After years of campaigning by LGBT activists, a Hong Kong court in May finally abolished or revised a catalogue of sexual criminal offences that punished gay men more severely than their heterosexual counterparts.
But that landmark ruling came too late for Ah Ming, not his real name, who agreed to an interview with the Post inside a city prison, with his sentence about to end.
He was jailed for 10 years in 2014 after pleading guilty to, among other charges, having sex with two teenage boys, both 14.
His sentence was passed before the changes, when homosexual men faced up to life imprisonment for having sex with a same-sex minor aged under 16.
However, the maximum jail term for men who had sex with underage girls has been one of five years, unless the offence involved rape, or a victim under the age of 13.
Ah Ming’s lawyers have has called for government intervention in his case as they prepared a legal bid for damages to compensate him for the longer sentence.
“I think I deserve to be jailed for my crime because the victims were underage,” said the 45-year-old, who added he has turned over a new leaf after channelling what he called misguided feelings towards the boys after coming out of a heterosexual relationship.
“But it seems it shouldn’t have been that lengthy, since all along there are cases which suggest buggery between men is no different from sexual intercourse between men and women.”
“I didn’t force myself [on my victims] and rape them.”
Ah Ming, who is still serving his jail sentence in maximum security Stanley Prison for nine counts of homosexual buggery and other offences, was due for release in September. He said he was ready to help out others struggling with their sexuality.
Any appeal he files was unlikely to be heard before his release so would not have any tangible impact on his situation, even though the gay, lesbian, bisexual, transsexual community have been keen to see a legal review for a long time.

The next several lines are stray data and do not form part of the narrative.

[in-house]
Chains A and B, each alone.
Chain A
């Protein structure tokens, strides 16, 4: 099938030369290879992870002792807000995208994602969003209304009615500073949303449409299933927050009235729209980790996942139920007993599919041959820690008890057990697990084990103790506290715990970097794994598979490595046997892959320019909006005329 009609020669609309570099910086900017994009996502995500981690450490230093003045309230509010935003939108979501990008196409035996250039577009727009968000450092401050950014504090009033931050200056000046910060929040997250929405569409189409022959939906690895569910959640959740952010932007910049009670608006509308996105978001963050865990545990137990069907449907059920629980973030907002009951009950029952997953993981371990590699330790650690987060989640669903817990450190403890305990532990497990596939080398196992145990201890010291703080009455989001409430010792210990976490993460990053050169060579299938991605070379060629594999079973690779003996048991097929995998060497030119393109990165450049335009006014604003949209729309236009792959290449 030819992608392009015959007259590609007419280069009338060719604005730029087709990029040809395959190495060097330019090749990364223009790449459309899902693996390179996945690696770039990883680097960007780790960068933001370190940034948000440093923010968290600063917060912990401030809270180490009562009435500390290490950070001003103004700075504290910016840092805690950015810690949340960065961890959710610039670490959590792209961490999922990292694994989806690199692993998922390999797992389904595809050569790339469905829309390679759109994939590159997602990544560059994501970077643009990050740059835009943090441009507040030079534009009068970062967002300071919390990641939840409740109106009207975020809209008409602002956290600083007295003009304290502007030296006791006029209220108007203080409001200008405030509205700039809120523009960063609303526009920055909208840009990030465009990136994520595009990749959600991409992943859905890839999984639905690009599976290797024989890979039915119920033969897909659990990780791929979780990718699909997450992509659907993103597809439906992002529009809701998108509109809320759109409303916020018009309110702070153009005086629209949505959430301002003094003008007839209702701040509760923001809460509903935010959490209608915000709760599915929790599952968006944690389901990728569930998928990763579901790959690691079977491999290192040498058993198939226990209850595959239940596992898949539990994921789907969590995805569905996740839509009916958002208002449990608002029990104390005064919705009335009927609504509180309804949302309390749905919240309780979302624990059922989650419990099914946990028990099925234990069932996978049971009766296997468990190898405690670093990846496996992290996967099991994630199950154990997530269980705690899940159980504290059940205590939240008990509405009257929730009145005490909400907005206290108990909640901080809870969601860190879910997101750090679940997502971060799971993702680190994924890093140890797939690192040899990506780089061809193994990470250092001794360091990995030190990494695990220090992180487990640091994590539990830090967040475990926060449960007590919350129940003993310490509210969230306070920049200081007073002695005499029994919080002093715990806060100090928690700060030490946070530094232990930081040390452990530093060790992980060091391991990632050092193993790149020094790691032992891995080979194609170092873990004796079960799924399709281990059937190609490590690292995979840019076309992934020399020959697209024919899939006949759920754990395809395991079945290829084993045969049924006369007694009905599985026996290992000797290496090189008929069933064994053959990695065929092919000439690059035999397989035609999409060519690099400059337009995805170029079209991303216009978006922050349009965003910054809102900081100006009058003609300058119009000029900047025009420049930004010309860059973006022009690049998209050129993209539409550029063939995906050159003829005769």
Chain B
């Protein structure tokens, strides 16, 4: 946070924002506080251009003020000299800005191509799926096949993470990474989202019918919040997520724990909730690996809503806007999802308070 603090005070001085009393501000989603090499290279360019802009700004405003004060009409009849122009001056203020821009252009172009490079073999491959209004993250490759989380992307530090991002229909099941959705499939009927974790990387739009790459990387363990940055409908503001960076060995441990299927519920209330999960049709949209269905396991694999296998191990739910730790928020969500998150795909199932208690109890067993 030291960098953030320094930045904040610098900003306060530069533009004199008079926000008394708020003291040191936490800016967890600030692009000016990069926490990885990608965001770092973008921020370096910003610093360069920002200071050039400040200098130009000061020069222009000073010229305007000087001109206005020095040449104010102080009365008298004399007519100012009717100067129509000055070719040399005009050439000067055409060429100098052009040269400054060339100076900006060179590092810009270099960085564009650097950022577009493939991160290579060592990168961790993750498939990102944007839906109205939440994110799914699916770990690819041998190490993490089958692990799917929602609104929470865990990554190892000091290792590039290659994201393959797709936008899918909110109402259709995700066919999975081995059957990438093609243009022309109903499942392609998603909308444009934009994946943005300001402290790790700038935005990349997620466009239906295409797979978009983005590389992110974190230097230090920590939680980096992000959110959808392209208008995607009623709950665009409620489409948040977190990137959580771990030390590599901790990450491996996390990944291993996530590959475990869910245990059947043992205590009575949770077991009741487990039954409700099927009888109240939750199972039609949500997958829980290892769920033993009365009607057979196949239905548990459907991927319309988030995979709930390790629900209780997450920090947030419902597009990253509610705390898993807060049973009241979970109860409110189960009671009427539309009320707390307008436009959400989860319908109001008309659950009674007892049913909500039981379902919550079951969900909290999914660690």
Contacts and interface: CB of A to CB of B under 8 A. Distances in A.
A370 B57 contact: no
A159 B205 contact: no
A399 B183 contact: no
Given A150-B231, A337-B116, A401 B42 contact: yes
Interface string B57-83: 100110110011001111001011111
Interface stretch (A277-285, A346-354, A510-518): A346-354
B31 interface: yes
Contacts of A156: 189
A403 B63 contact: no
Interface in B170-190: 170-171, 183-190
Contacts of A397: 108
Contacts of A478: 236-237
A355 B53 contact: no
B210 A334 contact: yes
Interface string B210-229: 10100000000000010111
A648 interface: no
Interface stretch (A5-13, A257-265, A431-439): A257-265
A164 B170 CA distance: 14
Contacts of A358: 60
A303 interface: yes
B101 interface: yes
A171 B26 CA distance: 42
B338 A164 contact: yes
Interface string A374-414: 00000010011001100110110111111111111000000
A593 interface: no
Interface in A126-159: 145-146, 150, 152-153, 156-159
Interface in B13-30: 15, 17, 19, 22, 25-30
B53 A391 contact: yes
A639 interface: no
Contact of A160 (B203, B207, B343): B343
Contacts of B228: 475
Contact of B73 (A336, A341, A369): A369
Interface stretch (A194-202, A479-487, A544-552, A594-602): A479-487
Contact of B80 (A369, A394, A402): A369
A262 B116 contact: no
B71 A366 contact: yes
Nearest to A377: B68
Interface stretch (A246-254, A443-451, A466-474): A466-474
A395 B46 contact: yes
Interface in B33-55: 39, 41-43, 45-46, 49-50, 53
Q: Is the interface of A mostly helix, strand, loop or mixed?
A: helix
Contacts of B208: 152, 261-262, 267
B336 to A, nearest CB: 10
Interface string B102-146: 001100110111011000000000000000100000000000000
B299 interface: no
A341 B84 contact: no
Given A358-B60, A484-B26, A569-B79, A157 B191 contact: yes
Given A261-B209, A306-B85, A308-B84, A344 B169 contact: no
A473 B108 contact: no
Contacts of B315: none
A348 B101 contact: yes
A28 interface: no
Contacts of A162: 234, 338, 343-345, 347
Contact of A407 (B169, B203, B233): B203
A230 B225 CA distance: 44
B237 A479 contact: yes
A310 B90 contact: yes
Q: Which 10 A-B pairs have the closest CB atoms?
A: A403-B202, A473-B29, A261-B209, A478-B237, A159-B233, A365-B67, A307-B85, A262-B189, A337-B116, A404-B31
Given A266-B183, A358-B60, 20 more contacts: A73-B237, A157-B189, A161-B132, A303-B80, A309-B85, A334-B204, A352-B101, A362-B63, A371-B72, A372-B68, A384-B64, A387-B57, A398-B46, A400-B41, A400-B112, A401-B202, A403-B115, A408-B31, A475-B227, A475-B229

The law could have been changed even before Ah Ming was sentenced if the authorities had acted promptly, another LGBT activist has said.
The court handed down its ruling on May 30 after LGBT activist Yeung Chu-wing lodged a judicial review in 2017 to force the government to take steps.
As a result, the Court of First Instance struck out offences including “procuring others to commit homosexual buggery” and “gross indecency with or by a man under 16”.
Three other offences were also brought into line with what heterosexual men face, including “homosexual buggery with or by a man under 16”, with the maximum sentences adjusted or made applicable to both genders.
At least six gay men had been sentenced under the old laws since 2014, according to analysis by the Post from studying court judgments and news reports.
The jail sentences for these men sat mostly between six and nine years, with one defendant, who was 18 at the time of the offence, sent to a training centre. Ah Ming’s punishment was the most severe, though sentences were dependent on the facts of each case.
The sentencing judge chastised Ah Ming for using money as a reward for his victims, though Ah Ming maintained that he was in a relationship with them.
He also took pictures and videos during sex and pleaded guilty to child pornography-related charges.
Tommy Noel Chen, founder of Rainbow Action, a local LGBT rights group, said his organisation had been trying to bring about the reforms for more than two decades but the government had been “dragging their feet”.
Suen Yiu-tung, the associate director of the gender research centre at Chinese University, said by failing to update the statute book for so long the government had been perpetuating discrimination.
“Anyone who has committed a crime deserves a punishment in law. But one also has to ask why these people have to face a penalty that is disproportionately harsh?” Suen asked.
A spokesman from the Security Bureau did not explain why the changes were not brought about more promptly.
He said they “agree with the judgment”, and were committed to equal rights, but also had vulnerable people to protect and public interests to safeguard.
Lawyer Michael Vidler, representing Ah Ming, said he had reached out to the government.
“What we have done is write to the chief executive demanding that she commute the balance of his sentence as a matter of utmost urgency as his constitutional rights are being breached every day he continues to be imprisoned.”
He said they also intended to file a civil claim against the administration to seek substantial damages for the breach of Ah Ming’s constitutional rights.
A spokesman from the Chief Executive’s Office said it would not comment on individual cases.
More from South China Morning Post:
- How Hong Kong passed homosexuality law, decriminalising same-sex acts, in 1991
- Reverend seeks assurance from Hong Kong court he will not be prosecuted for officiating same-sex marriage ceremony
- Underage victims of sex crimes wait 10 times longer than adults to seek help, with one case taking 58 years, Hong Kong study finds
- No lenient sentence for man who had sex with teenage boy, despite lawyer’s plea that Hong Kong laws discriminate against gay offenders